POTS-to-POTS Call Routing Considerations

Occasionally, you must route calls between POTS dial peers. CAC might cause this, such as when a call from a PBX is denied admission to the WAN and sent back to the PBX. Or a call from an analog phone might be routed over the PSTN. The ability to switch calls between POTS dial peers is enabled by default on Cisco gateways.

Many of the CAC mechanisms that are described in this chapter use hairpinning, or tromboning, in which a call both enters and exits on the same interface. Suppose that a router doing toll bypass receives an analog call from its PBX. This call is matched to an incoming POTS dial peer. Typically the analog call is terminated, regenerated as a VoIP call, and then routed out a VoIP dial peer. However, the CAC configuration of the gateway might cause the call to be rejected for sending over the IP network. When a call is rejected, you can redirect (or hairpin) it back to the PBX. Both legs of the call thus traverse the same router interface. The PBX then looks for an alternate route, such as out to the PSTN.

A hairpinned POTS call is terminated on the gateway and then routed out another POTS dial peer as a new call leg. When this happens, DSPs are assigned to the incoming leg of the POTS call and also to the outgoing (hairpinned) leg. These DSP resources stay assigned for the duration of the call; thus, each hairpinned call doubles the DSP usage.

Routing between ISDN POTS dial peers can use TDM switching, but this must be done across a bus that supports it. With TDM switching, DSP resources are assigned when the call is received, but media DSPs are dropped after the call is switched to another POTS port. No DSP is needed for the media because an internal TDM connection is made between the incoming and outgoing ports on the TDM bus. This is an advantage with nonvoice calls, such as modem, fax, and video.

Older routers, such as the 1700, 2600, 3600, and 3700 series, support TDM switching only between ports on certain network modules. Both legs of the call must stay on the same module. Cisco Integrated Services Routers (ISR) support TDM switching across the backplane; thus, POTS-to-POTS calls can be routed between different network modules. Other Cisco gateways, such as the Access Server (AS) and Integrated Access Device (IAD) lines, also support TDM switching across their backplane, and thus, can route POTS calls between interfaces. These are typically used in a service provider environment.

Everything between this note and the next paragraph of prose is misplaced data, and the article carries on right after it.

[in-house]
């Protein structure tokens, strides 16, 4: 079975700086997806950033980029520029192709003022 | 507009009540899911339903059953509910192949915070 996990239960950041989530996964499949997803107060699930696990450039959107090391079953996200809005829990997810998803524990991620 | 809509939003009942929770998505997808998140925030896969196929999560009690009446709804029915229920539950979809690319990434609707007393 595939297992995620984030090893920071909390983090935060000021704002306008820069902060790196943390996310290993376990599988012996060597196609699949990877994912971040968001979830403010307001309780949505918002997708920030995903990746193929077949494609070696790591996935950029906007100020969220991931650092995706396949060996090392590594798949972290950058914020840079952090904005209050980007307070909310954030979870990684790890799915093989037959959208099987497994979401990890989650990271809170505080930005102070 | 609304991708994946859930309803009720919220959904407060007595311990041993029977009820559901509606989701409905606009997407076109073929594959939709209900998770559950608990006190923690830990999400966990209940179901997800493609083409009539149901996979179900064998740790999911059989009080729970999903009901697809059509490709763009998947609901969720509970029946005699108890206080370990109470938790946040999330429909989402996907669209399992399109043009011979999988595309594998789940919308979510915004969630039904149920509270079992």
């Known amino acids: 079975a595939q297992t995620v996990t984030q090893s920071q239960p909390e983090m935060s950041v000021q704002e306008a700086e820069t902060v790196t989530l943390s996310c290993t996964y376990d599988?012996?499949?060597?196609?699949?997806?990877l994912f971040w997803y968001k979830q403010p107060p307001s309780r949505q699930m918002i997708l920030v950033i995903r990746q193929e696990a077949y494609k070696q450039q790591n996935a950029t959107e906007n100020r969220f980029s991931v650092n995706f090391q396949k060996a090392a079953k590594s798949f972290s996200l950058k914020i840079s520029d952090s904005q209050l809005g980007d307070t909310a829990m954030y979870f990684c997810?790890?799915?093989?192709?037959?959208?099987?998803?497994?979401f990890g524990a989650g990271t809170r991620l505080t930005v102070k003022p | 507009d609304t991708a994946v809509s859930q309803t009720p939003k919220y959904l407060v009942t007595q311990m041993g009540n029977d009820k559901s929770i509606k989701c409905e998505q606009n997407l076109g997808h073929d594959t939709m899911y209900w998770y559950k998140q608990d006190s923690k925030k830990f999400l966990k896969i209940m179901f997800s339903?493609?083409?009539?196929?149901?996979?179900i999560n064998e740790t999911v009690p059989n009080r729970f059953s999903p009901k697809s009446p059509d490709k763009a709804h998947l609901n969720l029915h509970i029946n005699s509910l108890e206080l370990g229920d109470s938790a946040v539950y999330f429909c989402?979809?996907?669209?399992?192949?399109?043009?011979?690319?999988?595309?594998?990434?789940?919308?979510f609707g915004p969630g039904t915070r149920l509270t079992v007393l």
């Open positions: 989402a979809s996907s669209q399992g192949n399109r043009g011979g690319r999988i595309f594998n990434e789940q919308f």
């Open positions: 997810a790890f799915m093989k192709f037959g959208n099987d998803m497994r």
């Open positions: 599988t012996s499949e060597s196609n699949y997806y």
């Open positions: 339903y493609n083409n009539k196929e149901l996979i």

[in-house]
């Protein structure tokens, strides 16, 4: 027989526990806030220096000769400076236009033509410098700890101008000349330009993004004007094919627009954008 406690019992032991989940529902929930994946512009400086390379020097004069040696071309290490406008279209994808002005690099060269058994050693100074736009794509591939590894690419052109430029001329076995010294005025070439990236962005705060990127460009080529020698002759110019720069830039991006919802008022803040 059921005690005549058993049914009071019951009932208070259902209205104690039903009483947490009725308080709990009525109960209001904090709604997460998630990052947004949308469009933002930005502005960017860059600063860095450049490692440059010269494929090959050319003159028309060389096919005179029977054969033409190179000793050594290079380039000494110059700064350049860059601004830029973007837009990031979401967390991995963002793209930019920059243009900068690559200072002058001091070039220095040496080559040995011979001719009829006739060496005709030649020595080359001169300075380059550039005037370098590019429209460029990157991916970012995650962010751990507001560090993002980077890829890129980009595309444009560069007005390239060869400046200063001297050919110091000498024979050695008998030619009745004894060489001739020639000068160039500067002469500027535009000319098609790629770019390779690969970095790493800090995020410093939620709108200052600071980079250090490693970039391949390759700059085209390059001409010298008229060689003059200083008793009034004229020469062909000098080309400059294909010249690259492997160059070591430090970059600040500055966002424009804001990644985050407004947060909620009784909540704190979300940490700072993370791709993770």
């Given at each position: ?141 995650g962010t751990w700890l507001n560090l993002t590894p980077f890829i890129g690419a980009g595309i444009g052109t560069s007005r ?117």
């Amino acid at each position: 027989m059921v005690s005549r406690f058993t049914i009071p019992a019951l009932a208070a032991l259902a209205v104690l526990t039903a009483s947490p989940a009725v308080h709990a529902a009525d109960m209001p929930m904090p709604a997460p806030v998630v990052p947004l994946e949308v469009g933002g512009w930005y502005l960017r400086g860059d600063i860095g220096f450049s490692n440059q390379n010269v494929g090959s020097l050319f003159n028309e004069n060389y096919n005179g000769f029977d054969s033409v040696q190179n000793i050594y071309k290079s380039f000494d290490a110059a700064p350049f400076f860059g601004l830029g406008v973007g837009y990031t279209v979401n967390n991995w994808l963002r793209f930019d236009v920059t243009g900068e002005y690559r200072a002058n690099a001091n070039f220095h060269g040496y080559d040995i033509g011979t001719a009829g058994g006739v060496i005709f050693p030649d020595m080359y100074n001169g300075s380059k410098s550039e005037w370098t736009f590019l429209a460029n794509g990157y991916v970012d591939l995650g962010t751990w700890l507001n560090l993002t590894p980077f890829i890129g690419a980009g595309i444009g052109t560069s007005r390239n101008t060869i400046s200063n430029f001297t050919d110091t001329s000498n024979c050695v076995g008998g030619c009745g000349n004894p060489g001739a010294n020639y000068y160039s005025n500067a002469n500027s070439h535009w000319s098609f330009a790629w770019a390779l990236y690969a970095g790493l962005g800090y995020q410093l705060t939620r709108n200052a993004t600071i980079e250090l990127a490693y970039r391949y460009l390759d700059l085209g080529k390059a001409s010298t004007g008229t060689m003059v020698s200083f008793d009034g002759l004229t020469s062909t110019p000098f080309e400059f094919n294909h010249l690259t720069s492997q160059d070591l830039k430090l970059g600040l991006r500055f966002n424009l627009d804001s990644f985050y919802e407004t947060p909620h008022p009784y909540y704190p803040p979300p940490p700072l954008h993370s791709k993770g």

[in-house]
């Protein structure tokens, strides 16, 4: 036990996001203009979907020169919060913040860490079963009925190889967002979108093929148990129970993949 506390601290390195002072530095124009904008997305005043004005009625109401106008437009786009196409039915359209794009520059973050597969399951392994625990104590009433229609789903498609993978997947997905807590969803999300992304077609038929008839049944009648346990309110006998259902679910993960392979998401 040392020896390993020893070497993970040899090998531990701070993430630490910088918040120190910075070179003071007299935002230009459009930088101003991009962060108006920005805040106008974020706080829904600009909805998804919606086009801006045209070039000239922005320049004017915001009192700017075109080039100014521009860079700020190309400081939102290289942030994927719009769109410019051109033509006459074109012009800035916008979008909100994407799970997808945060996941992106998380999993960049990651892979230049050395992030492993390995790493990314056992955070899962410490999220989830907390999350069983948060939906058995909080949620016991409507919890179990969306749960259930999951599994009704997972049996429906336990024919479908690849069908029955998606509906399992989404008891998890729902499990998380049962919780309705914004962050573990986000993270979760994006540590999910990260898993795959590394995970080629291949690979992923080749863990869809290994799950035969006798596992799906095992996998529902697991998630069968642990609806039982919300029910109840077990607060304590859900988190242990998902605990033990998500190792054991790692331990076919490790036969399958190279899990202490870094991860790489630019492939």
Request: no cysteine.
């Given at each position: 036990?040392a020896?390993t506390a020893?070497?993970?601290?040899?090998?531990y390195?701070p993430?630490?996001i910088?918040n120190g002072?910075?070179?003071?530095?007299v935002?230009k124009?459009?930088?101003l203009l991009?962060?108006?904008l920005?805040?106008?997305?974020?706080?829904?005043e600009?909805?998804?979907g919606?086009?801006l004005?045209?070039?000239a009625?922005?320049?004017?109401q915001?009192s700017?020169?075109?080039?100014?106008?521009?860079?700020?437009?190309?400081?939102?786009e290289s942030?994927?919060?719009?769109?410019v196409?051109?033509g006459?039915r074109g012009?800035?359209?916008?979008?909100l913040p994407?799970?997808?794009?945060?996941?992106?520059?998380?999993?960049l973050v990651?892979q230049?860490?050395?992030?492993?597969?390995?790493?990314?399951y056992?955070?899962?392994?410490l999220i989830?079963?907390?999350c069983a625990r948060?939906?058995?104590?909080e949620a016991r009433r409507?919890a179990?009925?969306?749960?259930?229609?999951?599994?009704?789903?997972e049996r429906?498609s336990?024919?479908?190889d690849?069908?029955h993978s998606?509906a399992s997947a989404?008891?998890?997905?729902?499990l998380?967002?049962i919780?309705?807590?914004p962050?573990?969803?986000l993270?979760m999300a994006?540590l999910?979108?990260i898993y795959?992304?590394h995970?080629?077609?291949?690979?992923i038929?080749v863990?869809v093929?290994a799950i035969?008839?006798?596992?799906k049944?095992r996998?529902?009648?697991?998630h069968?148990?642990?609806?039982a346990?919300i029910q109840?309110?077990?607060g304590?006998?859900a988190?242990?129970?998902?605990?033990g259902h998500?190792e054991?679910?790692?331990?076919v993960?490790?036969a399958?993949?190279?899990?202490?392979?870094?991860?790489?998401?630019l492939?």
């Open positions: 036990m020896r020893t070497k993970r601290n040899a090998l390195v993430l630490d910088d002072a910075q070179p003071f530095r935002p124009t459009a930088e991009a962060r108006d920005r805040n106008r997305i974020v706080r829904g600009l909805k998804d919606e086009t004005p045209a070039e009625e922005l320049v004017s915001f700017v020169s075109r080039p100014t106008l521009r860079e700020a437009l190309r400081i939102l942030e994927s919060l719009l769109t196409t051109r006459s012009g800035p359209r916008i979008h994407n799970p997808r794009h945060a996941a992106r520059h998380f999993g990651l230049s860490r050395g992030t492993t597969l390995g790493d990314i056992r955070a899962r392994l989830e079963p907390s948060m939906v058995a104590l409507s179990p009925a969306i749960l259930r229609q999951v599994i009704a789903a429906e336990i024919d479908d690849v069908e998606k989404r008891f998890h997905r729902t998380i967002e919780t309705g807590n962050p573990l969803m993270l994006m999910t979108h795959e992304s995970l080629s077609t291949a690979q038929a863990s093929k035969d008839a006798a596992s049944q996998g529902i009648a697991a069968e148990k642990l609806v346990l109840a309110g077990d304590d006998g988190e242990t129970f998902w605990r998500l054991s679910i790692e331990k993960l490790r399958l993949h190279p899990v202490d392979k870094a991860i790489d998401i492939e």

Modules that support intramodule TDM switching include these:

  • NM-HDV
  • NM-HDV2
  • NM-HDV2-1T1/E1
  • NM-HDV2-2T1/E1
  • NM-HD-1V/2V/2VE
  • AIM-VOICE-30
  • VWIC

ISRs allow intermodule TDM call routing between the following modules:

  • VWIC
  • NM-HDV2
  • NM-HD-1V/2V/2VE

You must synchronize clocking when you are switching between these ports and modules. Chapter 7, "Connecting to PBXs," describes how to do this.

Part I: Voice Gateways and Gatekeepers

Gateways and Gatekeepers

Part II: Gateways

Media Gateway Control Protocol


Session Initiation Protocol

Circuit Options

Connecting to the PSTN

Connecting to PBXs

Connecting to an IP WAN

Dial Plans

Digit Manipulation

Influencing Path Selection

Configuring Class of Restrictions

SRST and MGCP Gateway Fallback

DSP Resources

Using Tcl Scripts and VoiceXML

Part III: Gatekeepers

Deploying Gatekeepers

Gatekeeper Configuration

Part IV: IP-to-IP Gateways

Cisco Multiservice IP-to-IP Gateway

Appendix A. Answers to Chapter-Ending Review Questions


Cisco Voice Gateways and Gatekeepers
Cisco Voice Gateways and Gatekeepers
ISBN: 158705258X
EAN: 2147483647
Year: 2004
Pages: 218

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